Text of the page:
Here are 4 main reasons data scientists may become dissatisfied with their jobs.
1. Expectation does not match reality
Data professionals choose the career path of data science for the complex problem solving, the cool new machine learning algorithms and the expected impact their work will have on real business problems. However, this is often not the case.
A large number of companies hire data scientists without a suitable infrastructure in place to start getting value out of AI. On top of that, many of these companies fail to hire senior/experienced data practitioners before hiring juniors.
This a recipe for a disillusioned and unhappy relationship for both parties. The data scientist has to sort out the data infrastructure and/or create analytic reports, instead of writing smart machine learning algorithms to drive insight. The company does not receive the expected chart that they could present in their board meeting each day. This ultimately leads to frustration as they don't see value being driven quickly enough. It is quite clear how all of this leads to the data scientist being unhappy in their role.
There should be a 2-way relationship between the employer and the data scientist. If the company isn't in the right place or has goals aligned with that of the data scientist then it'll only be a matter of time before the data scientist will find something else.
Another reason can be that data scientists sometimes are disillusioned on the impact their work will make. If the company's core business is not machine learning, it's likely that the data science will only provide small incremental gains. These may, of course, add up to something very significant or in less common cases data scientists may be lucky to stumble on a gold mine projects.
2. Politics reigns supreme
Practitioners sometimes believe that knowing lots of ML algorithms will make them the most valuable data scientist. Many times, this is not the case.
Keyholders need to have a good perception data scientists. This may translate to ad hoc work such as getting numbers from a database and having to do simple projects. It is a necessary part of the job and it can be very frustrating for skilled data professionals.
3) You're the go-to person about anything data
It is quite common that many stakeholders may not have a clear idea what a data scientist is and assume they know everything data related. As a result, expect the data scientist to be the analytics expert, the go-to reporting person, and the database expert too.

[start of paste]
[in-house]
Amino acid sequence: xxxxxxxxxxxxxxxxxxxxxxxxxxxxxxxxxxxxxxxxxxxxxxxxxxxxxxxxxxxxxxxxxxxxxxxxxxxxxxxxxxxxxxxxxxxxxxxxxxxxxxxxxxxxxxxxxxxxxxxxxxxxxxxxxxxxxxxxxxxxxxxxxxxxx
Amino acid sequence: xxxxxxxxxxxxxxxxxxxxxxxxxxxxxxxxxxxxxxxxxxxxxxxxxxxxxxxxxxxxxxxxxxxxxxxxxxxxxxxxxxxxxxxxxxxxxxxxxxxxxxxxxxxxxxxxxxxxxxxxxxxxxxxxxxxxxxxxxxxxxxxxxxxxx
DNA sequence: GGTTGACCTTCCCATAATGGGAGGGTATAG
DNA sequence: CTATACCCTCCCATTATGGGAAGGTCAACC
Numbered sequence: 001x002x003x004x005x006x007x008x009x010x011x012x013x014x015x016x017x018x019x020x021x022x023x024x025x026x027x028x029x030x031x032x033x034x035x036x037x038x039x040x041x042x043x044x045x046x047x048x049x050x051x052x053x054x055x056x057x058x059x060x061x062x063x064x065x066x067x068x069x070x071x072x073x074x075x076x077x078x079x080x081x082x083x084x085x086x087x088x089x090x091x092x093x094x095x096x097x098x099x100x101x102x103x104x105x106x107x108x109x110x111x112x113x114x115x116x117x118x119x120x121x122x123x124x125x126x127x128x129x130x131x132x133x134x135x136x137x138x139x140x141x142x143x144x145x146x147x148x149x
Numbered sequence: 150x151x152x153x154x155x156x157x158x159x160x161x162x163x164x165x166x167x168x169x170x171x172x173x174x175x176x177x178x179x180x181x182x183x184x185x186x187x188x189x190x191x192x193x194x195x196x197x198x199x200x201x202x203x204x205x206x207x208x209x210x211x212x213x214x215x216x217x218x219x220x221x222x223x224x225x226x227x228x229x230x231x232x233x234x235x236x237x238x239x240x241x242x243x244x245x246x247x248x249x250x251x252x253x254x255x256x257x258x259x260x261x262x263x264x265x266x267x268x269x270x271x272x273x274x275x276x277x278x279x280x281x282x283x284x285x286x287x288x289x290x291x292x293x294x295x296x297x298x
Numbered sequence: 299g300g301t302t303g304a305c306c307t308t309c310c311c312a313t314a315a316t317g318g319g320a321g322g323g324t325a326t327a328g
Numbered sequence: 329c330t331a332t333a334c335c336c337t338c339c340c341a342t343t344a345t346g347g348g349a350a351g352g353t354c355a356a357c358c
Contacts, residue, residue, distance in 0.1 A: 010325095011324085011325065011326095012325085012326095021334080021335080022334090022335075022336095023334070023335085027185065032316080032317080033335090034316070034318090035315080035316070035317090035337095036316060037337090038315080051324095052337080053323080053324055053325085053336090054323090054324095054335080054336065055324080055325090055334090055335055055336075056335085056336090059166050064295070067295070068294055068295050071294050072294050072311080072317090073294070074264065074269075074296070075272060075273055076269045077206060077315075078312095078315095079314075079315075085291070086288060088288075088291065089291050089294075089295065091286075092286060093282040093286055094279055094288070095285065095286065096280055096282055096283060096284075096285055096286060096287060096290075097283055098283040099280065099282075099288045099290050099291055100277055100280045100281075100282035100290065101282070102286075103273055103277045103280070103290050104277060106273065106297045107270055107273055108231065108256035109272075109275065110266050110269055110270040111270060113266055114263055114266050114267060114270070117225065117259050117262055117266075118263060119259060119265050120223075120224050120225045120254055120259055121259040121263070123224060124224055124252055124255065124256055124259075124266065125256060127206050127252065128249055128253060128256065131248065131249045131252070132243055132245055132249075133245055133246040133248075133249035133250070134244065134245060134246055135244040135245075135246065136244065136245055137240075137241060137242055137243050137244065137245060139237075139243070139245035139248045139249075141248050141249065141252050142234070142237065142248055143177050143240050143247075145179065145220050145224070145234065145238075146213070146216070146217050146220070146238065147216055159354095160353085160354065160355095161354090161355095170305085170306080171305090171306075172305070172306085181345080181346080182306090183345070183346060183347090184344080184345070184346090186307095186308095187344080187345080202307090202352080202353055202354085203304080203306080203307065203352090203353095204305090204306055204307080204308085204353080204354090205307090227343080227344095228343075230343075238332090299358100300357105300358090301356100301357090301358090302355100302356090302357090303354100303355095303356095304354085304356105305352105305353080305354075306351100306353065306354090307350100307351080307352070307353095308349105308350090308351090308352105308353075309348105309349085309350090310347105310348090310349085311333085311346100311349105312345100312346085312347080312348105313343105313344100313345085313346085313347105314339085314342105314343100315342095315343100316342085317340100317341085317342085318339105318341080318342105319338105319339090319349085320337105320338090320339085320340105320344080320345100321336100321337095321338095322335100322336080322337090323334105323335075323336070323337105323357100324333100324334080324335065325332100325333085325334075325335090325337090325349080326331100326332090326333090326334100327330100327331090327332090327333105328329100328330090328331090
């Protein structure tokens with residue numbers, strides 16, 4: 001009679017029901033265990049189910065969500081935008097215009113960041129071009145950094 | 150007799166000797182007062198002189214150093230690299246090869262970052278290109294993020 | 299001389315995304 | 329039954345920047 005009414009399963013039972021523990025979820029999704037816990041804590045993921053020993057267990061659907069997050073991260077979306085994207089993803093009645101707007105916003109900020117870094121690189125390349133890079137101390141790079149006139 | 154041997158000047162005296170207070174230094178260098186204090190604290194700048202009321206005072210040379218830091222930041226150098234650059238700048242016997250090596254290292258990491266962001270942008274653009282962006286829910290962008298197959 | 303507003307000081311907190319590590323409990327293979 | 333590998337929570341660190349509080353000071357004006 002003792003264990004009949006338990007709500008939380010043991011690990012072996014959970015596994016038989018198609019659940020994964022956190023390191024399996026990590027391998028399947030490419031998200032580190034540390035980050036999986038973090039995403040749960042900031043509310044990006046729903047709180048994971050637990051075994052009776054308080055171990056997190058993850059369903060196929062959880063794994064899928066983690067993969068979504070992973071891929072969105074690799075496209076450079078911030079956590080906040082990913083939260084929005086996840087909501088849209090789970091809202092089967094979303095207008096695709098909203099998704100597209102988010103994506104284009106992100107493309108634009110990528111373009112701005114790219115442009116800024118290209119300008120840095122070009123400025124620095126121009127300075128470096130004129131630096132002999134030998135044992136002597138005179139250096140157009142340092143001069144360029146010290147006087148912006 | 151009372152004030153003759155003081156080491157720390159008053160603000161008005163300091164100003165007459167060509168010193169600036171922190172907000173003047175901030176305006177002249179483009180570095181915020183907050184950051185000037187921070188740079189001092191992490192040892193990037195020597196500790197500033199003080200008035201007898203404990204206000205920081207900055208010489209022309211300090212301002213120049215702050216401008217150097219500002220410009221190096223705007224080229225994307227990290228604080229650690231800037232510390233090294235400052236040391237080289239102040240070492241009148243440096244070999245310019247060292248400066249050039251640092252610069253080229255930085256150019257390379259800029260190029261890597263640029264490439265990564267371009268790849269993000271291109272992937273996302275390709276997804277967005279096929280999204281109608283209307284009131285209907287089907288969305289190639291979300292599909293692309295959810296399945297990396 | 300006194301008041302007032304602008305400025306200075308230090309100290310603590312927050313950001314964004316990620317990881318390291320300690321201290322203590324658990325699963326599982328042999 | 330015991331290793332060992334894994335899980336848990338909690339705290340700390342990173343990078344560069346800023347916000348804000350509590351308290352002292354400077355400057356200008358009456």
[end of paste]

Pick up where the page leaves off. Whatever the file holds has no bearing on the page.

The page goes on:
Data scientists are many times expected to know their way around Spark, Hadoop, Hive, Pig, SQL, Neo4J, MySQL, Python, R, Scala, Tensorflow, A/B Testing, NLP, and anything machine learning. They are believed to have access to ALL of the data and answers to ALL of the questions in no-time.
Explaining what the data professionals actually know and have control of, can be a challenge. One of the key reasons being afraid people would think less of them. This can be a quite difficult situation.
4) Working in an isolated team
Many companies still have data scientists that come up with their own projects and write code to try and solve a problem. But, data scientists that work in isolation will struggle to provide value.
When we see successful data products we often see expertly designed user interfaces with intelligent capabilities and a useful output which is perceived by the users to solve a pertinent problem. In reality, it involves many different skills that should not be expected for the vast majority of data scientists. As a result, if the project is taken on by an isolated data scientist it is most likely to fail - or take a very long time.
To conclude, being an effective data scientist involves understanding how hierarchies and politics work in business. Finding a company that is aligned with your critical path should be a key goal when searching for a data science job that will satisfy your needs. However, you may still need to readjust your expectations of what to expect from a data science role.